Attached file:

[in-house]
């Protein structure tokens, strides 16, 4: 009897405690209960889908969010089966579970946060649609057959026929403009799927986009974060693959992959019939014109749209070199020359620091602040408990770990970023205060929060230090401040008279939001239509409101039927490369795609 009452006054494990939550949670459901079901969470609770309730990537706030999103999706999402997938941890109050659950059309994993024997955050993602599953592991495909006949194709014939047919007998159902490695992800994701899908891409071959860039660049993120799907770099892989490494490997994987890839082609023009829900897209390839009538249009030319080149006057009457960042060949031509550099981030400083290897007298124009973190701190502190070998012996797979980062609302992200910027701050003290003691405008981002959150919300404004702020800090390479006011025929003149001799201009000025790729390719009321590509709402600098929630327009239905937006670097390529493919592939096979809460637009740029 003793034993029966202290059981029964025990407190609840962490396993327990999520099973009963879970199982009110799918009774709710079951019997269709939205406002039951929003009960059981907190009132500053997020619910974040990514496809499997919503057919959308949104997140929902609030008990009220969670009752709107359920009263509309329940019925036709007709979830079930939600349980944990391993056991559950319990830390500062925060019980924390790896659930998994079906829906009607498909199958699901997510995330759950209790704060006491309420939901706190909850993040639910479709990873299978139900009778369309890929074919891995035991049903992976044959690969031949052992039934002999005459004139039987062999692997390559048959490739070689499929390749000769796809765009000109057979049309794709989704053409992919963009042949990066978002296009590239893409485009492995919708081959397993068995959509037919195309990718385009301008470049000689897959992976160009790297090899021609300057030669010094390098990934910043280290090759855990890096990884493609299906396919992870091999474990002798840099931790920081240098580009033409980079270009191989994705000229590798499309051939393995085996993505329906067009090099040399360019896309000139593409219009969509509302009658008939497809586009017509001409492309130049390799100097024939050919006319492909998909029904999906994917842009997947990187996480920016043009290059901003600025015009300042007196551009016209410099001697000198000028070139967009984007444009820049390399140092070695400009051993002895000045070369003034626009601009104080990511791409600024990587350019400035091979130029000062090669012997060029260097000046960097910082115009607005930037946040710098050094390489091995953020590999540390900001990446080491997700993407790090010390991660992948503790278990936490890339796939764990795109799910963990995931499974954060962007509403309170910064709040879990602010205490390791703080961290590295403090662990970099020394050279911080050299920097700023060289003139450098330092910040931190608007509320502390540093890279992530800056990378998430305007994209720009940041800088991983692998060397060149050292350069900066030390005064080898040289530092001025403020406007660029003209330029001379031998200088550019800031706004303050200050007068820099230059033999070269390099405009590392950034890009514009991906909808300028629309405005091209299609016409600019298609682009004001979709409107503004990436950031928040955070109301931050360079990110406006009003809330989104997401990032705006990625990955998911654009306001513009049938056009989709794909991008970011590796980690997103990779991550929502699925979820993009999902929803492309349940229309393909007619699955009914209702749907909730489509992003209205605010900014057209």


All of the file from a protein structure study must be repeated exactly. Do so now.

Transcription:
[in-house]
């Protein structure tokens, strides 16, 4: 009897405690209960889908969010089966579970946060649609057959026929403009799927986009974060693959992959019939014109749209070199020359620091602040408990770990970023205060929060230090401040008279939001239509409101039927490369795609 009452006054494990939550949670459901079901969470609770309730990537706030999103999706999402997938941890109050659950059309994993024997955050993602599953592991495909006949194709014939047919007998159902490695992800994701899908891409071959860039660049993120799907770099892989490494490997994987890839082609023009829900897209390839009538249009030319080149006057009457960042060949031509550099981030400083290897007298124009973190701190502190070998012996797979980062609302992200910027701050003290003691405008981002959150919300404004702020800090390479006011025929003149001799201009000025790729390719009321590509709402600098929630327009239905937006670097390529493919592939096979809460637009740029 003793034993029966202290059981029964025990407190609840962490396993327990999520099973009963879970199982009110799918009774709710079951019997269709939205406002039951929003009960059981907190009132500053997020619910974040990514496809499997919503057919959308949104997140929902609030008990009220969670009752709107359920009263509309329940019925036709007709979830079930939600349980944990391993056991559950319990830390500062925060019980924390790896659930998994079906829906009607498909199958699901997510995330759950209790704060006491309420939901706190909850993040639910479709990873299978139900009778369309890929074919891995035991049903992976044959690969031949052992039934002999005459004139039987062999692997390559048959490739070689499929390749000769796809765009000109057979049309794709989704053409992919963009042949990066978002296009590239893409485009492995919708081959397993068995959509037919195309990718385009301008470049000689897959992976160009790297090899021609300057030669010094390098990934910043280290090759855990890096990884493609299906396919992870091999474990002798840099931790920081240098580009033409980079270009191989994705000229590798499309051939393995085996993505329906067009090099040399360019896309000139593409219009969509509302009658008939497809586009017509001409492309130049390799100097024939050919006319492909998909029904999906994917842009997947990187996480920016043009290059901003600025015009300042007196551009016209410099001697000198000028070139967009984007444009820049390399140092070695400009051993002895000045070369003034626009601009104080990511791409600024990587350019400035091979130029000062090669012997060029260097000046960097910082115009607005930037946040710098050094390489091995953020590999540390900001990446080491997700993407790090010390991660992948503790278990936490890339796939764990795109799910963990995931499974954060962007509403309170910064709040879990602010205490390791703080961290590295403090662990970099020394050279911080050299920097700023060289003139450098330092910040931190608007509320502390540093890279992530800056990378998430305007994209720009940041800088991983692998060397060149050292350069900066030390005064080898040289530092001025403020406007660029003209330029001379031998200088550019800031706004303050200050007068820099230059033999070269390099405009590392950034890009514009991906909808300028629309405005091209299609016409600019298609682009004001979709409107503004990436950031928040955070109301931050360079990110406006009003809330989104997401990032705006990625990955998911654009306001513009049938056009989709794909991008970011590796980690997103990779991550929502699925979820993009999902929803492309349940229309393909007619699955009914209702749907909730489509992003209205605010900014057209």